For vehicular homicide, man to serve 12 years
A week before her death, 20-year-old Rebekah Joy King typed a message on Facebook waxing about change.
“You have to be willing to see the bad side,” District Judge Richard Gurley said in court Friday morning, reciting King’s posting, which was among stacks of correspondence submitted to the judge by both sides in the case of 28-year-old Henry Stoltman.
“To see that side,” the judge continued, “you have to be willing to change.”
Gurley said the words rang prophetic in the life of Stoltman, an alcoholic with already one trip to rehab before the night of Aug. 2, 2010, when he crashed his pickup into King’s vehicle on Patterson Road, killing her instantly.
“The court doesn’t look at you as a bad man,” Gurley said before passing sentence, later acknowledging Stoltman’s actions Aug. 2 were “seriously ill-advised.”
Presiding over an emotionally charged courtroom, Gurley sentenced Stoltman to serve 12 years in prison for King’s death. Gurley could have imposed a probation term or up to 24 years in prison under the open terms of a plea agreement struck in January.
Stoltman will be eligible for parole after serving three or four years of his sentence, Deputy District Attorney Todd Hildebrandt said. He also will be afforded a chance to meet with King’s family, Tim and Debbie King, prior to his departure for state prison.
Tim King, supported by more than 30 family members and friends, told the judge his family prays for Stoltman and called on Gurley to strike a balance between reasonable punishment and “crushing” him.
“We pray he finds redemption from this experience and can go from being the man who killed Rebekah King to the man who gives his life to the betterment of the community,” Tim King said.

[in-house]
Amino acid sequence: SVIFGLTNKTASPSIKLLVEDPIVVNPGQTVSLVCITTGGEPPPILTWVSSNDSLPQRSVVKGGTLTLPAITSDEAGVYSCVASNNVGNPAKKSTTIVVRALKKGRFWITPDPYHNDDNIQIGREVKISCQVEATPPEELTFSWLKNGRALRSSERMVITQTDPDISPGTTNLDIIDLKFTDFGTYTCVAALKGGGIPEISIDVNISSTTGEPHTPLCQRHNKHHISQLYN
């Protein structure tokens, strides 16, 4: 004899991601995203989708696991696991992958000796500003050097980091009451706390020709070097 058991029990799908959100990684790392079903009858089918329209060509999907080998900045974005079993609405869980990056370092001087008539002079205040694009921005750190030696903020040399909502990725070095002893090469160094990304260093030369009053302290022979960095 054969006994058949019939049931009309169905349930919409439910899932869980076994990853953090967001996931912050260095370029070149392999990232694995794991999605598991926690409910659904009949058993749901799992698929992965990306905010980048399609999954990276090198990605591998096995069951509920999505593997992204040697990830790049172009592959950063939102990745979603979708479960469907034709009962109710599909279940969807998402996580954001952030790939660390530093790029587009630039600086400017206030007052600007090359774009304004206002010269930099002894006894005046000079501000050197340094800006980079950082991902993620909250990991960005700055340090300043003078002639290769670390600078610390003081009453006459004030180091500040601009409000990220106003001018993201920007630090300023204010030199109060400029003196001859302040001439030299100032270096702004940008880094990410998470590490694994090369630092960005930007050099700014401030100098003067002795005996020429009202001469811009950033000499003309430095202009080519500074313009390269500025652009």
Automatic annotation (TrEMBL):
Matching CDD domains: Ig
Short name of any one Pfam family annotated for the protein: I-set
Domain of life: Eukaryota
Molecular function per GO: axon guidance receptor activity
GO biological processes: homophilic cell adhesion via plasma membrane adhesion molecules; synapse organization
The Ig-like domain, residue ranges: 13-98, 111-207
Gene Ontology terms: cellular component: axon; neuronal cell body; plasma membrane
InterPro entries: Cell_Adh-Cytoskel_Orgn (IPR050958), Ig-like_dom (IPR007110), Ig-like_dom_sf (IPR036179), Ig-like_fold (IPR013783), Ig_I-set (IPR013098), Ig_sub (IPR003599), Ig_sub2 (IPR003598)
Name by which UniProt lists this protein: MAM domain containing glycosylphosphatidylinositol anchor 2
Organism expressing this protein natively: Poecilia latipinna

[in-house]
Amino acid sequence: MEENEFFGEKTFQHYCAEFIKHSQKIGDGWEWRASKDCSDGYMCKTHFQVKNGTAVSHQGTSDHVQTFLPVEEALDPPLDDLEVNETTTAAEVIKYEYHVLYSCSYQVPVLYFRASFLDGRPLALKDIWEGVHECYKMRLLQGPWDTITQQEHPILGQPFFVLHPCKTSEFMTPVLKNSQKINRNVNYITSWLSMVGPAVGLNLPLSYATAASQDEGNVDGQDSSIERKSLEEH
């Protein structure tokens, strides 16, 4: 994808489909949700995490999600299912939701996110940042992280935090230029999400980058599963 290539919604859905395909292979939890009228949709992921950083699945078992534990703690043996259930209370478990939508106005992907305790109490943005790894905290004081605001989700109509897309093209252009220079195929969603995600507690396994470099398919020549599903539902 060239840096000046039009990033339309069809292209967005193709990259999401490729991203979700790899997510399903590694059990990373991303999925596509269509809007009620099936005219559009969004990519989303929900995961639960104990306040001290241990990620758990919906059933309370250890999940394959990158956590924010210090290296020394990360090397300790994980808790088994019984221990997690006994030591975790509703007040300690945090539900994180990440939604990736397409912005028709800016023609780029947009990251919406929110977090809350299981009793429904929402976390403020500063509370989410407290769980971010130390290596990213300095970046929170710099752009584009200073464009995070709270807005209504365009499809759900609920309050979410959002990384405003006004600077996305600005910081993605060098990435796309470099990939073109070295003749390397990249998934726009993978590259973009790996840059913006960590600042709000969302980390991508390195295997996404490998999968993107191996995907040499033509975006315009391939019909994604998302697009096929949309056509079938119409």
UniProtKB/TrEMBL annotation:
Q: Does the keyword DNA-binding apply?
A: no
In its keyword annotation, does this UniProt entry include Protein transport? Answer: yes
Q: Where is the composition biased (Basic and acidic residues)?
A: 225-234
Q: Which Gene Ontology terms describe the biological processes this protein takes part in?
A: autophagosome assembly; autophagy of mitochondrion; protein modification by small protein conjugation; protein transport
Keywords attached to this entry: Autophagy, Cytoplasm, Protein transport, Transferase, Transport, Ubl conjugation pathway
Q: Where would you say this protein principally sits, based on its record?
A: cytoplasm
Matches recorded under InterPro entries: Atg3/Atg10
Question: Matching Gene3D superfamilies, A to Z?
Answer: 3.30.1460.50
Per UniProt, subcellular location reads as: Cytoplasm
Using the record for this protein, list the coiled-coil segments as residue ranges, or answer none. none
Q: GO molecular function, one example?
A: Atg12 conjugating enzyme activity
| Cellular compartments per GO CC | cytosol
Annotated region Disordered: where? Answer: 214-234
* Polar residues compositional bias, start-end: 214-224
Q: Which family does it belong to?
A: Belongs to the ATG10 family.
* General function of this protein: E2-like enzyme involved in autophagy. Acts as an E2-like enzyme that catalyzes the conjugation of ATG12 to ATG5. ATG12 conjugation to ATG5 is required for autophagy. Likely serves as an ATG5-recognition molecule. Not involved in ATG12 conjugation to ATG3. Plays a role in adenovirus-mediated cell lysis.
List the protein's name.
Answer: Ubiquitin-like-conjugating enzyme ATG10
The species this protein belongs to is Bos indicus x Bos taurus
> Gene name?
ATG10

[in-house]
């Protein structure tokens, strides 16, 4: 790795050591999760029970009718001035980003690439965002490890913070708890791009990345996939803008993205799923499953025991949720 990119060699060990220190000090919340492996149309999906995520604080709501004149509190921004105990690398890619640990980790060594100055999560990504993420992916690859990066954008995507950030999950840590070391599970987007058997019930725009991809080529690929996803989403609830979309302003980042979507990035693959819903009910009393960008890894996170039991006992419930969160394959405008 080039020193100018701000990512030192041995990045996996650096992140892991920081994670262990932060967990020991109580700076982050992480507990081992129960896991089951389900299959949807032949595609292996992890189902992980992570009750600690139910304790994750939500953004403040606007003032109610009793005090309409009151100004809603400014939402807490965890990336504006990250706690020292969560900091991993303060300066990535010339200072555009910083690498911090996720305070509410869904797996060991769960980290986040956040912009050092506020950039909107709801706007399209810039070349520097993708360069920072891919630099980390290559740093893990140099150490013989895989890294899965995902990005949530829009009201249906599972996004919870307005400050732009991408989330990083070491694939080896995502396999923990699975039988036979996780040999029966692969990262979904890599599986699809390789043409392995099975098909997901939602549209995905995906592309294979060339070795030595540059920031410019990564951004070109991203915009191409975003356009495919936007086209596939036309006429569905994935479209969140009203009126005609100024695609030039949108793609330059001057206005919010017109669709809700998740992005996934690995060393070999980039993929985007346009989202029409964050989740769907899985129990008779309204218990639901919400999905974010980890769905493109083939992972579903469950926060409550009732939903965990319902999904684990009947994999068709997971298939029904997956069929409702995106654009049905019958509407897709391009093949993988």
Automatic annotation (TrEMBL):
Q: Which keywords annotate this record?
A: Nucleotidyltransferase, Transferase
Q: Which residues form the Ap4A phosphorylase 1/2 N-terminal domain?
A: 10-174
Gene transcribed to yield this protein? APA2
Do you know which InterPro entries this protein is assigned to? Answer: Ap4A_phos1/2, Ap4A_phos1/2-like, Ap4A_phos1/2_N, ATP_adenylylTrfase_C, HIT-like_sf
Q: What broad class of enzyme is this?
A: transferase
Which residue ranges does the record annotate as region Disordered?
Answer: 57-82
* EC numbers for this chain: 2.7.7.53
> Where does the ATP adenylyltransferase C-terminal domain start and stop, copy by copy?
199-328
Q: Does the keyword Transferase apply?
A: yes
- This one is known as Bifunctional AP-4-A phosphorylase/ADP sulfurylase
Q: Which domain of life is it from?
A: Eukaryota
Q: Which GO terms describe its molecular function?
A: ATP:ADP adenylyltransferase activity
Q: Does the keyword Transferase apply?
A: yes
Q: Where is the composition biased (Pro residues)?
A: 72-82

On Aug. 2, Stoltman first told Colorado State Patrol troopers he had 4 1/2 beers before the accident, which happened at 9:35 p.m. in the eastbound lane of Patterson Road and near its intersection with 29 1/2 Road.
King, who was driving a 2005 Nissan Sentra, was turning left from Placer Street onto F Road when the vehicle was struck in the driver’s side by Stoltman’s 1986 Dodge pickup. A trooper was within 300 feet of the crash scene and was attempting to stop Stoltman’s pickup after the trooper had observed the truck without its headlights on.
Several witnesses told authorities Stoltman’s pickup narrowly avoided at least one collision with a driver, and Stoltman was observed at one point looking up at his rear-view mirror to observe officers behind him in pursuit, Hildebrandt said. Stoltman’s truck was moving at 55 to 61 mph at the time of the collision. The speed limit on that stretch of Patterson is 45 mph.
Tested within 50 minutes of the accident, Stoltman’s blood-alcohol level was nearly four times Colorado’s legal limit for driving.
Heidi Taylor, his public defender, said Stoltman attended Alcoholics Anonymous classes in the months after his arrest, but he stopped going when members of the group apparently learned he was facing charges in connection with King’s death.
Stoltman asked for what would be a second shot at rehabilitation; he completed a residential program through The Salvation Army in 2008. He shed tears during a slide show that prosecutors presented Friday at the start of the hearing. The photos were of King throughout her childhood.